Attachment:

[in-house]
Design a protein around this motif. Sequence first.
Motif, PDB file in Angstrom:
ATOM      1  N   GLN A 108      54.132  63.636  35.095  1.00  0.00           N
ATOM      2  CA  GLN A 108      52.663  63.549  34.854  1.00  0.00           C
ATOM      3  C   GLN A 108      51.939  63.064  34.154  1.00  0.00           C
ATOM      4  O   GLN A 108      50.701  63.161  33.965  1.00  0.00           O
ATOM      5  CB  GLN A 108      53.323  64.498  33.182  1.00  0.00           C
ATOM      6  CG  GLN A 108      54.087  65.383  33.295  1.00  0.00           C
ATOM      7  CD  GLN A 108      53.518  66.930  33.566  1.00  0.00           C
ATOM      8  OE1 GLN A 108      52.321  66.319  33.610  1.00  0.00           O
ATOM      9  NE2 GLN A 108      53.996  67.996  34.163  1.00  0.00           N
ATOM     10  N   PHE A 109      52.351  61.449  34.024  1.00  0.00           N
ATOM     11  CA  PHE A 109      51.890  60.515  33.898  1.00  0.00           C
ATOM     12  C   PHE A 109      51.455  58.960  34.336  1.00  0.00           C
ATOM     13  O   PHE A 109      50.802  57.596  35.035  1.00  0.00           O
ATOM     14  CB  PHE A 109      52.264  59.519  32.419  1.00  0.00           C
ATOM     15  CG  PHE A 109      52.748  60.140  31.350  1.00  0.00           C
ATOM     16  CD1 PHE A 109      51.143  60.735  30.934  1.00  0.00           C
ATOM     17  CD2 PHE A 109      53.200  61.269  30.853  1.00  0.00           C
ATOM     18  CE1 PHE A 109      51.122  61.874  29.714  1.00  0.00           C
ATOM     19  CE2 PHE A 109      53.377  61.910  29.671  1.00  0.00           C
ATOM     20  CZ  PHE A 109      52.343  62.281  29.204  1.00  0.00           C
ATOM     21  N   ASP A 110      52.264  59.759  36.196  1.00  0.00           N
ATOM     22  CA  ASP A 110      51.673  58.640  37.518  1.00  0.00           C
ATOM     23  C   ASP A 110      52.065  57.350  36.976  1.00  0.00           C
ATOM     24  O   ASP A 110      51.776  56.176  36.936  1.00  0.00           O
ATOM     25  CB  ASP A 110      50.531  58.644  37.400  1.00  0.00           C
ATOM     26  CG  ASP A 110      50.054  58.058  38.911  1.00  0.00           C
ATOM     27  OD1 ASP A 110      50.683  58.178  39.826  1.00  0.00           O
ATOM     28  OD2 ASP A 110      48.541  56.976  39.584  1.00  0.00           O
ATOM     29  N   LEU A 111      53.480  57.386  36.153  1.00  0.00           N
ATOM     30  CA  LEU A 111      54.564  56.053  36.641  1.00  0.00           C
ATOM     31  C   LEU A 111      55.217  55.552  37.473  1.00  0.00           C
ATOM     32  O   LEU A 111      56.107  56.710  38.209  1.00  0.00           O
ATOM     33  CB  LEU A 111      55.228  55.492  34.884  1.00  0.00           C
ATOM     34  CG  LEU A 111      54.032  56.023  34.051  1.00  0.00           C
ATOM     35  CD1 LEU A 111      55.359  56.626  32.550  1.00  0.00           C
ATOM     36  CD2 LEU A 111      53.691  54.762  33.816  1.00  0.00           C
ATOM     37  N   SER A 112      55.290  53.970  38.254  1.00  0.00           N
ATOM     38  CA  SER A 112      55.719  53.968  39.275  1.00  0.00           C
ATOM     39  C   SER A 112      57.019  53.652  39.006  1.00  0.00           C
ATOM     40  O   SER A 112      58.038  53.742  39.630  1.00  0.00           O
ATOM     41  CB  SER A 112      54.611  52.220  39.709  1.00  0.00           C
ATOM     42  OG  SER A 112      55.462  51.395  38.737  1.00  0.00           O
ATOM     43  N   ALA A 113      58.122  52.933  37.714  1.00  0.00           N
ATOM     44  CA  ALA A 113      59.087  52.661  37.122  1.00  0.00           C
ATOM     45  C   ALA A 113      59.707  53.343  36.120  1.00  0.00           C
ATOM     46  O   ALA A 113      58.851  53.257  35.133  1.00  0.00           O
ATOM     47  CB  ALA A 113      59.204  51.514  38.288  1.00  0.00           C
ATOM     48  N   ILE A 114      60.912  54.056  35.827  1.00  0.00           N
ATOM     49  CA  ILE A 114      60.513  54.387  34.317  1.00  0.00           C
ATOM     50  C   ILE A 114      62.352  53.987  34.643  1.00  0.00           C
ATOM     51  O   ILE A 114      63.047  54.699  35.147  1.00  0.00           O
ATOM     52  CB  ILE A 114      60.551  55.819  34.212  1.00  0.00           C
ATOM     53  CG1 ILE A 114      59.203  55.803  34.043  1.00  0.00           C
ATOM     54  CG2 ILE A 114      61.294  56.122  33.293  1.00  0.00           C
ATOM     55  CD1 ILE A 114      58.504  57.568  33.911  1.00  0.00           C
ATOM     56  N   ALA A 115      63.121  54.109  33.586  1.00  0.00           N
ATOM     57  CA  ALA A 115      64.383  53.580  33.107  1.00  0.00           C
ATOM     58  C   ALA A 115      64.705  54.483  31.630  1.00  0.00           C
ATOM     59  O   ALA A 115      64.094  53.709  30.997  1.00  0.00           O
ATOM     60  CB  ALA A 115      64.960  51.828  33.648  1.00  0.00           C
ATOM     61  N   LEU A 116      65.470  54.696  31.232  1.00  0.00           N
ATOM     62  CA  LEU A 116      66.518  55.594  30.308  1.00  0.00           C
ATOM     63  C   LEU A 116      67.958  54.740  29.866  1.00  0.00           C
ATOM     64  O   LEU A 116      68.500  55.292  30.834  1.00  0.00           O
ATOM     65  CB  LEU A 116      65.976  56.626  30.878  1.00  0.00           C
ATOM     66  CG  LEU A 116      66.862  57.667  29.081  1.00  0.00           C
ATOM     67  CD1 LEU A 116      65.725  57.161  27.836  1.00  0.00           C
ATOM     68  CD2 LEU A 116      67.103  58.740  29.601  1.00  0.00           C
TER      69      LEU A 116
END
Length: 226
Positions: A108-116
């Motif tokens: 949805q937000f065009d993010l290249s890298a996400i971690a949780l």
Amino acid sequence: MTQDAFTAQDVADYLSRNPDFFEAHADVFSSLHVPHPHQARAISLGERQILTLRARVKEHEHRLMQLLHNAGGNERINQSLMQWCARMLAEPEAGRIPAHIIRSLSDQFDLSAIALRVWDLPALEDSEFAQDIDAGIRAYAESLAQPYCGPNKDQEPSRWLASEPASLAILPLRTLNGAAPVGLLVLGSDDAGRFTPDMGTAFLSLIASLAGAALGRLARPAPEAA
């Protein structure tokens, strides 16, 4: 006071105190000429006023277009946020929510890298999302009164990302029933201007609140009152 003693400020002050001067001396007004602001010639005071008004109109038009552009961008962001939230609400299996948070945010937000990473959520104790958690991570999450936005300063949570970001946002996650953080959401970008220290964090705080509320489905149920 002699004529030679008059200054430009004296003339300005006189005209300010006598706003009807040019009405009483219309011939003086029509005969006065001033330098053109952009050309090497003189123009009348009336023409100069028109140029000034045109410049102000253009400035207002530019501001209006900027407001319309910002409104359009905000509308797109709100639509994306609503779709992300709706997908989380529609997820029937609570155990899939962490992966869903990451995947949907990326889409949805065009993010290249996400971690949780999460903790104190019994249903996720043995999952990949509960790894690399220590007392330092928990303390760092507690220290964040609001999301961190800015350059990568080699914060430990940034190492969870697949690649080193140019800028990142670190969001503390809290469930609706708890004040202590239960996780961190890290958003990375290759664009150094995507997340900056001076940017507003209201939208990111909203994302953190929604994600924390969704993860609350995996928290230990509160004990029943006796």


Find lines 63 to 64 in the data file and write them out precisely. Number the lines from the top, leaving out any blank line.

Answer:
ATOM     60  CB  ALA A 115      64.960  51.828  33.648  1.00  0.00           C
ATOM     61  N   LEU A 116      65.470  54.696  31.232  1.00  0.00           N